When we first started planning our wedding, I will admit that I had visions of a beautiful, elaborate cake, filled with some kind of fresh berry compote and cloaked delicately in a mixture of white and dark chocolate frosting.  Then I remembered: we live in Northern Maine and I’ve planned an outdoor wedding… cue reality.

When planning a budget wedding, it’s important to figure out what concessions you’re willing to make, and at the end of the day, I know that I can bake well.  It’s one of the things I’m known for at work and in my family.  And when it came down to the cost of the kind of cake I wanted that would taste the way I needed it to, it was easier to do this part… myself.  Yes, you heard me right.  I’m making my own wedding cupcakes.  140 of them, to be exact.  And I’m going to bake them and frost them and explain the arrangement to the wife of a dear friend, so that I can at least cross one thing off my list before the big day!

I will admit that people are skeptical. My mother was a particularly hard sell.  The secretary at school thinks I’m crazy.  Really, though, I can make the cupcakes on Thursday, frost them on Friday, and have them nice and cool in the fridge on Saturday morning, just waiting to be placed outside after the ceremony on their cupcake tower.  And in that respect, I am the luckiest girl in the world.

Jason’s dad is a really accomplished craftsman when it comes to projects that involve wood.  Just a few months ago, I sent him the photo below and asked if we (read: he) could do this.  After emailing a few bloggers and getting some responses on the instructions for their cupcake towers, I sent Jason’s dad my revised dimensions (listed below), and he was able to craft our cupcake tower.

L 30” x W 30” x  H 4” Base (holds 36 – 2-1/2″ cupcakes)
24 ”x 24” x 4” 2nd tier (holds 30 cupcakes)
18” x 18 ”x 4 ”3rd tier (holds 24 cupcakes)
12”x 12”x 4” 4th tier (holds 16 cupcakes)
6” x 6” x 4 ” Top tier (holds 2 cupcakes or one small cake stand)

Please note that these dimensions make for a much larger cupcake tower than the one pictured above.

We decided to go with wood because given that we’re planning an outdoor wedding, I needed something super-sturdy, something that wouldn’t blow over in the wind!  Beyond this, though, I wanted something that would last and that I could give away to another bride after my wedding if she wanted it (and that’s already been arranged!).

After Jason’s dad finished building the stand (which he built as a series of boxes from 1/4” plywood, screwed together for greater stability), I painted it with white interior paint that our local hardware store was giving away.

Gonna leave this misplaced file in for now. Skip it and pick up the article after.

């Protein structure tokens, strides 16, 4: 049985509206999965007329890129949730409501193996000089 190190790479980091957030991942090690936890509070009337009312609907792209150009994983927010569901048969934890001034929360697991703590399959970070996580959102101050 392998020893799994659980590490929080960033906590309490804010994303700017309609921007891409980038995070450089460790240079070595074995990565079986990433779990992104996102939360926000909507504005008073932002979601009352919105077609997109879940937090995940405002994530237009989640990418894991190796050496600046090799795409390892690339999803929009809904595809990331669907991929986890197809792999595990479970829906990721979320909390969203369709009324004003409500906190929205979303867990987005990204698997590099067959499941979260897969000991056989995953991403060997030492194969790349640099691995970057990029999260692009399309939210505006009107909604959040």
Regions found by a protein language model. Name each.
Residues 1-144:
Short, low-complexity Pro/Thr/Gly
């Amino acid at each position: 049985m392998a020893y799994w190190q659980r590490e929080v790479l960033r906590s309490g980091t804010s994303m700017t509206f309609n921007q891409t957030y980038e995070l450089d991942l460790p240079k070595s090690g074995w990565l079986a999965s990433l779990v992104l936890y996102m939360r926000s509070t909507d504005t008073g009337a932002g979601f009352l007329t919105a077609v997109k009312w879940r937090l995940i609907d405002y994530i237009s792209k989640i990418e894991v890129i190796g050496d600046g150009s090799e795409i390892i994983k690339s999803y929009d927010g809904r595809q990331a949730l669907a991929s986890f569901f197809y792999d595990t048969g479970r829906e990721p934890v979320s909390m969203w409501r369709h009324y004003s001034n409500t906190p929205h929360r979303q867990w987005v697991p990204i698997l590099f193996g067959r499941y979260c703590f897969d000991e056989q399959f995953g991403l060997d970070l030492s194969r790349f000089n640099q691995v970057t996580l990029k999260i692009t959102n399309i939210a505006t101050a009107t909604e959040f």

Initially, I had planned to run pink ribbon (the same color as my bridesmaids’ dresses) around the rim of each box; however, one of my bridesmaids made cupcakes for Easter using Wilton’s cupcake papers (available at our local Walmart), and I’m thinking of maybe just doing simple white frosted cupcakes in a pink flowered wrapper.  I have picked up a package of the wrappers and plan to try out a few cupcakes this way later in the week, just to see how it goes.

Would you try wedding cupcakes?

Holding Pattern

I feel like the last week has been marked by waiting: waiting for the incubator to arrive, waiting for it to warm up enough to actually work outside, waiting for the hens to start laying more regularly.  I’m not really sure what’s up with them lately, but I think our crazy, unpredictable weather, in combination with the great flock separation, has upset their laying patterns a bit.  We’re fluctuating between 2 and 6 eggs between eight layers right now.  I’m trying to be patient.

This spring has been a test in patience.  The snow melted uncannily early, but ever since our days fluctuate between the high fifties and high twenties (some of those days being much nicer than others).  And though the roof is done and we managed to re-paint our foundation and rotate our tractor equipment from winter (plow) to summer (finish mower and attachments), I’m eagerly awaiting time when I can start placing things in pots.

The weather hasn’t stopped Abby and I from training for our 5K.  Today, we celebrated week eight with a two mile run!  I can’t wait until we’re heading out in shorts and a tank top instead of two layers of long underwear, ski mittens and a hat.  There’s just something about ski mittens that don’t seem quite as conducive to speed.

The ranunculus bulbs arrived a few weeks ago, and I’m hoping to get them out next weekend, where they will still face nights cold enough to get them going, but hopefully not too many of those cold nights.  In addition to this, we’re also hoping to get some ground tilled under to facilitate early plantings (peas, lettuce and spinach).

Luckily, school has created plenty of distractions in the form of grading and class prep.  I also started a sour dough starter last week that I’m slowly babying along, and we did manage to mow the field where we’ll be married in just over two months, using the finish mower to chop down last year’s previously mowed hay in preparation for soft summer grass!